Evidence for widespread creep on the flanks of the Sea of Marmara transform basin from marine geophysical data
D.J. Shillington et al., Lamont-Doherty Earth Observatory, Columbia University, Palisades, New York 10964, USA. Posted online 19 Mar. 2012; doi: 10.1130/G32652.1.
New data indicate that "waves" in the sediments in the Sea of Marmara formed by slow-motion landsliding, wherein sediments slowly creep downhill over hundreds of thousands of years, creating wrinkles in the sedimentary layers. The Sea of Marmara straddles the North Anatolian Fault, an active strike-slip fault in northern Turkey that poses a serious seismic hazard to Istanbul. Researchers D.J. Shillington of the Lamont-Doherty Earth Observatory and colleagues note that it is important to understand the sedimentary features here because they host a record of past motions on the North Anatolian fault and other faults in the area. In this case, they report, movement on the faults shapes the topography of the seafloor, creating the slopes necessary for the sediments to creep downhill. As a result, the wrinkles formed by creep might be a clue to past fault activity. The gradual downhill movement of sediments by creeping may also reduce the potential for catastrophic landslides triggered by earthquakes.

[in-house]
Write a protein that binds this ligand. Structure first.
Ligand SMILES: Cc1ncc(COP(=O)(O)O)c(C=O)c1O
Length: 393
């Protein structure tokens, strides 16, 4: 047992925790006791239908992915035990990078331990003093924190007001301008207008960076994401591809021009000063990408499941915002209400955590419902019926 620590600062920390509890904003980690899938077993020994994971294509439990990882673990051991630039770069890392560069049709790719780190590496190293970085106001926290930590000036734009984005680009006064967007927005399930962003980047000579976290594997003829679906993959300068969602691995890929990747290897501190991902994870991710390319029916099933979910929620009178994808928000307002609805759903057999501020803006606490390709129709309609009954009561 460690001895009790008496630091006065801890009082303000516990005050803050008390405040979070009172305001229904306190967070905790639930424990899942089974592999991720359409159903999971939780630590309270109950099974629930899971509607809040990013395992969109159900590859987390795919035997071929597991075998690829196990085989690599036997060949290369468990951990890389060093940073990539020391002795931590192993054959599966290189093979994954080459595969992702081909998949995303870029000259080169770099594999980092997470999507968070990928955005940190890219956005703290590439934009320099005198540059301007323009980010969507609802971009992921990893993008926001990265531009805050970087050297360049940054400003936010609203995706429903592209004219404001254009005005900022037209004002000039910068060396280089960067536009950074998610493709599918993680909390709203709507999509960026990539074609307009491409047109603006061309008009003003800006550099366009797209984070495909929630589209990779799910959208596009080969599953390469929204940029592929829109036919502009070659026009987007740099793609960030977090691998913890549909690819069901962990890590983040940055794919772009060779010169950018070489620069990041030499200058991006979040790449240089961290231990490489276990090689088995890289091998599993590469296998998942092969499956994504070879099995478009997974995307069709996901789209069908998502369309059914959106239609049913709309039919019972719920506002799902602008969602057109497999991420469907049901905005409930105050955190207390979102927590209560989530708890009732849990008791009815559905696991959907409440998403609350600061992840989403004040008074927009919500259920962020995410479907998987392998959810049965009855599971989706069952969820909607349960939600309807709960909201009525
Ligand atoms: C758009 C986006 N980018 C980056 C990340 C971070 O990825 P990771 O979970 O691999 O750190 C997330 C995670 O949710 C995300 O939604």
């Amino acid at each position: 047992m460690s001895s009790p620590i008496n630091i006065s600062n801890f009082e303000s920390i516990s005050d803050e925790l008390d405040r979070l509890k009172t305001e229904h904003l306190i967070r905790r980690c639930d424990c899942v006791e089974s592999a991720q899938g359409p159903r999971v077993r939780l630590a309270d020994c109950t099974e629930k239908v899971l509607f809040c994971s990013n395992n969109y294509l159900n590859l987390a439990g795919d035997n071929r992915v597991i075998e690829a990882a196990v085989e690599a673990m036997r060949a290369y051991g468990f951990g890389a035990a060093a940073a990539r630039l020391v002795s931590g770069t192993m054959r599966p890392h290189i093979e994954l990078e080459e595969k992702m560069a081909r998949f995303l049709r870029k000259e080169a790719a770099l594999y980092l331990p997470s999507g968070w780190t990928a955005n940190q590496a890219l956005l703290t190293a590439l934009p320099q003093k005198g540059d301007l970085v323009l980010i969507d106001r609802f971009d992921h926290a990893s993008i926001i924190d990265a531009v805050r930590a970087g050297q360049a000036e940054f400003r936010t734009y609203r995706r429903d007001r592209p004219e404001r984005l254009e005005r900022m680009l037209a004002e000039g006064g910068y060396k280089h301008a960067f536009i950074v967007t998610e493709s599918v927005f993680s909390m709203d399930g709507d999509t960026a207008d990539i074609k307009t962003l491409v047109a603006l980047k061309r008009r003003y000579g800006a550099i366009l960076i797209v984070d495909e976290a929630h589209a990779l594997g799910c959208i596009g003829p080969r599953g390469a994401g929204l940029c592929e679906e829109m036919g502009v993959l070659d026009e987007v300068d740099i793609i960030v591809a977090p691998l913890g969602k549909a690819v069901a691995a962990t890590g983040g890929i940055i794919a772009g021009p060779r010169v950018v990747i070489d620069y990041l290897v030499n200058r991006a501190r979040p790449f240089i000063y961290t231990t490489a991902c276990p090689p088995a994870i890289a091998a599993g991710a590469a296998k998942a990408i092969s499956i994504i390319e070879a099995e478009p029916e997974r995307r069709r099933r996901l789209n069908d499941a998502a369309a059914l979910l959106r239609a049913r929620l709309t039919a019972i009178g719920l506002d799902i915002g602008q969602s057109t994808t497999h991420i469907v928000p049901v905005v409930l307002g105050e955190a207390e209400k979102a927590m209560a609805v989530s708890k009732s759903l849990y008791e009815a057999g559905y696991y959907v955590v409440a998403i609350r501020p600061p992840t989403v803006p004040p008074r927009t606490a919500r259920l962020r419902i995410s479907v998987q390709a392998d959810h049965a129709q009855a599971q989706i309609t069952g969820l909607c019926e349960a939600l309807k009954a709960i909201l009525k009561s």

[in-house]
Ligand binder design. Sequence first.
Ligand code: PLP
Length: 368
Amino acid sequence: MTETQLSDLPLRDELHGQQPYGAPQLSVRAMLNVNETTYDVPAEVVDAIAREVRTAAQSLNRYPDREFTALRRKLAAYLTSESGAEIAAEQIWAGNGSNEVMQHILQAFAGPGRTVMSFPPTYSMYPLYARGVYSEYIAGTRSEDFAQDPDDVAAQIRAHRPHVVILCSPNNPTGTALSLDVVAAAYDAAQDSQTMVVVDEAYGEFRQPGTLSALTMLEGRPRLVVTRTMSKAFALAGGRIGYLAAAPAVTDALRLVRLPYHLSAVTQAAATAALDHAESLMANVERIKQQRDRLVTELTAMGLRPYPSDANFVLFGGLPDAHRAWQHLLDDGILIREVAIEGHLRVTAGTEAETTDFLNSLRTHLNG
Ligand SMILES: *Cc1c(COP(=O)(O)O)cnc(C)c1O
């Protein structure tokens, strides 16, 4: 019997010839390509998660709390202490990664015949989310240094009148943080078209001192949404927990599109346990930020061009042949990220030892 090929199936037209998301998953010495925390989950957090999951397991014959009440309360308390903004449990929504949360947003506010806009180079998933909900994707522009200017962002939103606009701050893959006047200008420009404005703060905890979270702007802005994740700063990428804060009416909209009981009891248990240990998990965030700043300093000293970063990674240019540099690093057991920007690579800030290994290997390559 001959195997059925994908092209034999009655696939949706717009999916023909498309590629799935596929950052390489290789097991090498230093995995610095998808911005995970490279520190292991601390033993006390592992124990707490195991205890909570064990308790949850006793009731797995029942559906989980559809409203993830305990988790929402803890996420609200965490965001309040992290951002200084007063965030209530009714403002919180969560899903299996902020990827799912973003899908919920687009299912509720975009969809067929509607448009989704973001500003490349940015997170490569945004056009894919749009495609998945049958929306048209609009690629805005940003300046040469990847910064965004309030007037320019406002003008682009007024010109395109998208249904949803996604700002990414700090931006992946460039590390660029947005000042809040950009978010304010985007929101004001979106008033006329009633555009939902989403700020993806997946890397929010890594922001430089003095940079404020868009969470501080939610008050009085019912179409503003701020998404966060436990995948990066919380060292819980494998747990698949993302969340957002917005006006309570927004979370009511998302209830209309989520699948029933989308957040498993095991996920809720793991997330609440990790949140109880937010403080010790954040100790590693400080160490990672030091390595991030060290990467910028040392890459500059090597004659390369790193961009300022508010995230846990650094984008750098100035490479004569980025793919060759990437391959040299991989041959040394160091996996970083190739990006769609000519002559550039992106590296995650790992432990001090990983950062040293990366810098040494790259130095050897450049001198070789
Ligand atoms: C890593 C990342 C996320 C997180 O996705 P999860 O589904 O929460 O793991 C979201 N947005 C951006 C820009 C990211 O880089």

Timing of Iapetus Ocean rifting from Ar geochronology of pseudotachylytes in the St. Lawrence rift system of southern Quebec
Tim M. O'Brien and Ben A. van der Pluijm, Dept. of Earth and Environmental Sciences, University of Michigan, 1100 North University Ave., Ann Arbor, Michigan 48109, USA. Posted online 19 Mar. 2012; doi: 10.1130/G32691.1.
|Contact: Christa Stratton|
Geological Society of America